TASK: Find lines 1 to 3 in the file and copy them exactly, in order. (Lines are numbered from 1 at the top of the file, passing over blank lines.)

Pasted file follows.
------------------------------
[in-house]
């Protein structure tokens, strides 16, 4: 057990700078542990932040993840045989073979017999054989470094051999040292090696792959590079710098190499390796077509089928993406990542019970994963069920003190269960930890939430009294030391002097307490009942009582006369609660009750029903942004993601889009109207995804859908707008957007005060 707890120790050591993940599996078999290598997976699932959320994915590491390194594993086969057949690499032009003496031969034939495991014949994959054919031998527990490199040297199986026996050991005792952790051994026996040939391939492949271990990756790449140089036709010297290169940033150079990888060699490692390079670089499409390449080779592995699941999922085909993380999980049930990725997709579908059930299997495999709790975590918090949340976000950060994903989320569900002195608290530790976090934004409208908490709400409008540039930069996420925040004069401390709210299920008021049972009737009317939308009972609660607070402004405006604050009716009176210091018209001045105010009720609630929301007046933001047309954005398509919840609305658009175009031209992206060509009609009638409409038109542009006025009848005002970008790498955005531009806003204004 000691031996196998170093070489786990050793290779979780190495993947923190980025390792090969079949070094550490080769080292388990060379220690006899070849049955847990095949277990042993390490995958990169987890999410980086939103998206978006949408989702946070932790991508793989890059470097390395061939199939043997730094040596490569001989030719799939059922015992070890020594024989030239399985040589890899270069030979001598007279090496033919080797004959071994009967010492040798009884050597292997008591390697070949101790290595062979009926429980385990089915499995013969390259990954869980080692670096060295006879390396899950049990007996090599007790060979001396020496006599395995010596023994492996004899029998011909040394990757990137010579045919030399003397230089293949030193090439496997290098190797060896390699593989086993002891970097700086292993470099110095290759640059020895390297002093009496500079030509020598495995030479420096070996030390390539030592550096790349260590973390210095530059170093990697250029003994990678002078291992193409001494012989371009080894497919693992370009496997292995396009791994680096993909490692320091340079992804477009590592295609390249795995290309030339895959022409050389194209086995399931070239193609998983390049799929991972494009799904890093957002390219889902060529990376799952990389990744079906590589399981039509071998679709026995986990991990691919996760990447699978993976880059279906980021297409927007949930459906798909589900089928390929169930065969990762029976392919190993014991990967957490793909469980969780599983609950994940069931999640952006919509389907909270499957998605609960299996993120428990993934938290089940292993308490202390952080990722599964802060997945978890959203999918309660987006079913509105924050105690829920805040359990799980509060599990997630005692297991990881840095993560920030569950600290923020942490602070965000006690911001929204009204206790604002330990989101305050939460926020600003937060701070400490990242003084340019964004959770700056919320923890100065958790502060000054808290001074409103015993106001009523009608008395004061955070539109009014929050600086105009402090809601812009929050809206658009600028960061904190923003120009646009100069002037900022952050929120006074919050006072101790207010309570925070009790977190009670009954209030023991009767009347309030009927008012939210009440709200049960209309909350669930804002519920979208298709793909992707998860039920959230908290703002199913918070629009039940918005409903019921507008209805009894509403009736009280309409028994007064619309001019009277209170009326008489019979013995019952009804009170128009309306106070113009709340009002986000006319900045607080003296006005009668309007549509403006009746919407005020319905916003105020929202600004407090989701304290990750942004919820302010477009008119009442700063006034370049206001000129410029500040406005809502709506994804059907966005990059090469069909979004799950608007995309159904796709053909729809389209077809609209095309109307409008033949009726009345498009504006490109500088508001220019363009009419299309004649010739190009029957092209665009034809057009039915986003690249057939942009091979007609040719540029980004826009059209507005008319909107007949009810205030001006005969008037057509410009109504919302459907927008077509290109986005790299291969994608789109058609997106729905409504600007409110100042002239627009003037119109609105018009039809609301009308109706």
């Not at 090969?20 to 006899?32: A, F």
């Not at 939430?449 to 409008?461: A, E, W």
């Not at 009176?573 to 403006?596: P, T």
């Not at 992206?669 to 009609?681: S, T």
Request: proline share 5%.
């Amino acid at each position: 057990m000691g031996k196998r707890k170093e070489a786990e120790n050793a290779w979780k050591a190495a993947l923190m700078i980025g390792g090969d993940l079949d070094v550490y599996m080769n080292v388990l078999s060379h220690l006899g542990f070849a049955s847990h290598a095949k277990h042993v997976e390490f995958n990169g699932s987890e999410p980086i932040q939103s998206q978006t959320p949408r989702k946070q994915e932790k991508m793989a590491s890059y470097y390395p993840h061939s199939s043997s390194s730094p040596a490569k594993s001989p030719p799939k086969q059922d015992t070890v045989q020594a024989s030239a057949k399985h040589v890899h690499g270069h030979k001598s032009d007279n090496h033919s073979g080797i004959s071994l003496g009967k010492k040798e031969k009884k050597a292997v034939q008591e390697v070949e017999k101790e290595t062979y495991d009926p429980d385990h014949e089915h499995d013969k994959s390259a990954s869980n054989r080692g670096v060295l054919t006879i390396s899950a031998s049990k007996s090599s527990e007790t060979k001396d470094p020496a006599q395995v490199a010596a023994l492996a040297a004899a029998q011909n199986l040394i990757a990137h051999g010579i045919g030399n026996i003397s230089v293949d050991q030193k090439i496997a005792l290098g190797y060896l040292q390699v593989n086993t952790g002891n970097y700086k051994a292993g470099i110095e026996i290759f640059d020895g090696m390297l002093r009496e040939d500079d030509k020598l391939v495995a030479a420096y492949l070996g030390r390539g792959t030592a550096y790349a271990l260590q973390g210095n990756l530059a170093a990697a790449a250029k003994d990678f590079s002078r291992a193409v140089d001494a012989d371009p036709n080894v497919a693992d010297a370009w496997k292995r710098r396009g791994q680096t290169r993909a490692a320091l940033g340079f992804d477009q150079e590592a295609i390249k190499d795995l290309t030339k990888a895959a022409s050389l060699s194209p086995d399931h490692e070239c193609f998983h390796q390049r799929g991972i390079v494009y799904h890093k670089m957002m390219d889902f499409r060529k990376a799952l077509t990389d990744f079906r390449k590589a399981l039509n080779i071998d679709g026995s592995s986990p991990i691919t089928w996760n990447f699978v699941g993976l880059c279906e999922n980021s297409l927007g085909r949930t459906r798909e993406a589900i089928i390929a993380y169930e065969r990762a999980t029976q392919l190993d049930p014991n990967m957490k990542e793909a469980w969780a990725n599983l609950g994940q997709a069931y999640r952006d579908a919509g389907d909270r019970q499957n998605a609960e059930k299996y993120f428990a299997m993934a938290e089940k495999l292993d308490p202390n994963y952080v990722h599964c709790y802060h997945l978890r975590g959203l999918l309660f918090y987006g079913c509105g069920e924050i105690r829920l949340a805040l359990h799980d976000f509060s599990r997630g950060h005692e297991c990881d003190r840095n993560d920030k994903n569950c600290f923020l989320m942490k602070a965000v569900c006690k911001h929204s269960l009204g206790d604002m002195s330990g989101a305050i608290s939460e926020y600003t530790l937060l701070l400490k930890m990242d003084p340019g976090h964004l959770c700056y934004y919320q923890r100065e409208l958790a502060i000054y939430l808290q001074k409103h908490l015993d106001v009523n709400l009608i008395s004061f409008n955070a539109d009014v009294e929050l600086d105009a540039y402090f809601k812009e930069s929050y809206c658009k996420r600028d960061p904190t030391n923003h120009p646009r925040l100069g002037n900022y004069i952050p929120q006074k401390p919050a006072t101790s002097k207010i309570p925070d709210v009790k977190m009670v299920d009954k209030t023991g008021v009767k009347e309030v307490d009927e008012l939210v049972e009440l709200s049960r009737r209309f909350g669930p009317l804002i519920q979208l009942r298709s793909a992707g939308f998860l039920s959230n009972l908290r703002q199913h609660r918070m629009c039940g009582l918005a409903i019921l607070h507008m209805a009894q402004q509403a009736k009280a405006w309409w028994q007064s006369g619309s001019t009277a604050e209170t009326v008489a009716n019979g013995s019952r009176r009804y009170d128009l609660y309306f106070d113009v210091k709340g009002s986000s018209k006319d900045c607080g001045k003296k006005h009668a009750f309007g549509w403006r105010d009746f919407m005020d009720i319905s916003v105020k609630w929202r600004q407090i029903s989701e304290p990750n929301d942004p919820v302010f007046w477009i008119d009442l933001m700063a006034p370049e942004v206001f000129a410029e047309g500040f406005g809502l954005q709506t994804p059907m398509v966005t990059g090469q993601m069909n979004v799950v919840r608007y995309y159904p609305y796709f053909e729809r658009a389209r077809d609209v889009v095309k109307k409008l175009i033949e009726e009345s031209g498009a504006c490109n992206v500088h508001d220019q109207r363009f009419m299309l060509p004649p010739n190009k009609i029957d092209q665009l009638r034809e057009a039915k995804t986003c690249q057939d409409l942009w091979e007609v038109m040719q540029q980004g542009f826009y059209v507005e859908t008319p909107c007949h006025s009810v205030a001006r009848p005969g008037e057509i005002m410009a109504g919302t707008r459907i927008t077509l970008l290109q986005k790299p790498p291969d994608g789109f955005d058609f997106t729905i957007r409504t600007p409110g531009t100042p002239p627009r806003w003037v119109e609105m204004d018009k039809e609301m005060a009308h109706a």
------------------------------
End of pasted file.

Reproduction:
[in-house]
């Protein structure tokens, strides 16, 4: 057990700078542990932040993840045989073979017999054989470094051999040292090696792959590079710098190499390796077509089928993406990542019970994963069920003190269960930890939430009294030391002097307490009942009582006369609660009750029903942004993601889009109207995804859908707008957007005060 707890120790050591993940599996078999290598997976699932959320994915590491390194594993086969057949690499032009003496031969034939495991014949994959054919031998527990490199040297199986026996050991005792952790051994026996040939391939492949271990990756790449140089036709010297290169940033150079990888060699490692390079670089499409390449080779592995699941999922085909993380999980049930990725997709579908059930299997495999709790975590918090949340976000950060994903989320569900002195608290530790976090934004409208908490709400409008540039930069996420925040004069401390709210299920008021049972009737009317939308009972609660607070402004405006604050009716009176210091018209001045105010009720609630929301007046933001047309954005398509919840609305658009175009031209992206060509009609009638409409038109542009006025009848005002970008790498955005531009806003204004 000691031996196998170093070489786990050793290779979780190495993947923190980025390792090969079949070094550490080769080292388990060379220690006899070849049955847990095949277990042993390490995958990169987890999410980086939103998206978006949408989702946070932790991508793989890059470097390395061939199939043997730094040596490569001989030719799939059922015992070890020594024989030239399985040589890899270069030979001598007279090496033919080797004959071994009967010492040798009884050597292997008591390697070949101790290595062979009926429980385990089915499995013969390259990954869980080692670096060295006879390396899950049990007996090599007790060979001396020496006599395995010596023994492996004899029998011909040394990757990137010579045919030399003397230089293949030193090439496997290098190797060896390699593989086993002891970097700086292993470099110095290759640059020895390297002093009496500079030509020598495995030479420096070996030390390539030592550096790349260590973390210095530059170093990697250029003994990678002078291992193409001494012989371009080894497919693992370009496997292995396009791994680096993909490692320091340079992804477009590592295609390249795995290309030339895959022409050389194209086995399931070239193609998983390049799929991972494009799904890093957002390219889902060529990376799952990389990744079906590589399981039509071998679709026995986990991990691919996760990447699978993976880059279906980021297409927007949930459906798909589900089928390929169930065969990762029976392919190993014991990967957490793909469980969780599983609950994940069931999640952006919509389907909270499957998605609960299996993120428990993934938290089940292993308490202390952080990722599964802060997945978890959203999918309660987006079913509105924050105690829920805040359990799980509060599990997630005692297991990881840095993560920030569950600290923020942490602070965000006690911001929204009204206790604002330990989101305050939460926020600003937060701070400490990242003084340019964004959770700056919320923890100065958790502060000054808290001074409103015993106001009523009608008395004061955070539109009014929050600086105009402090809601812009929050809206658009600028960061904190923003120009646009100069002037900022952050929120006074919050006072101790207010309570925070009790977190009670009954209030023991009767009347309030009927008012939210009440709200049960209309909350669930804002519920979208298709793909992707998860039920959230908290703002199913918070629009039940918005409903019921507008209805009894509403009736009280309409028994007064619309001019009277209170009326008489019979013995019952009804009170128009309306106070113009709340009002986000006319900045607080003296006005009668309007549509403006009746919407005020319905916003105020929202600004407090989701304290990750942004919820302010477009008119009442700063006034370049206001000129410029500040406005809502709506994804059907966005990059090469069909979004799950608007995309159904796709053909729809389209077809609209095309109307409008033949009726009345498009504006490109500088508001220019363009009419299309004649010739190009029957092209665009034809057009039915986003690249057939942009091979007609040719540029980004826009059209507005008319909107007949009810205030001006005969008037057509410009109504919302459907927008077509290109986005790299291969994608789109058609997106729905409504600007409110100042002239627009003037119109609105018009039809609301009308109706």
């Not at 090969?20 to 006899?32: A, F």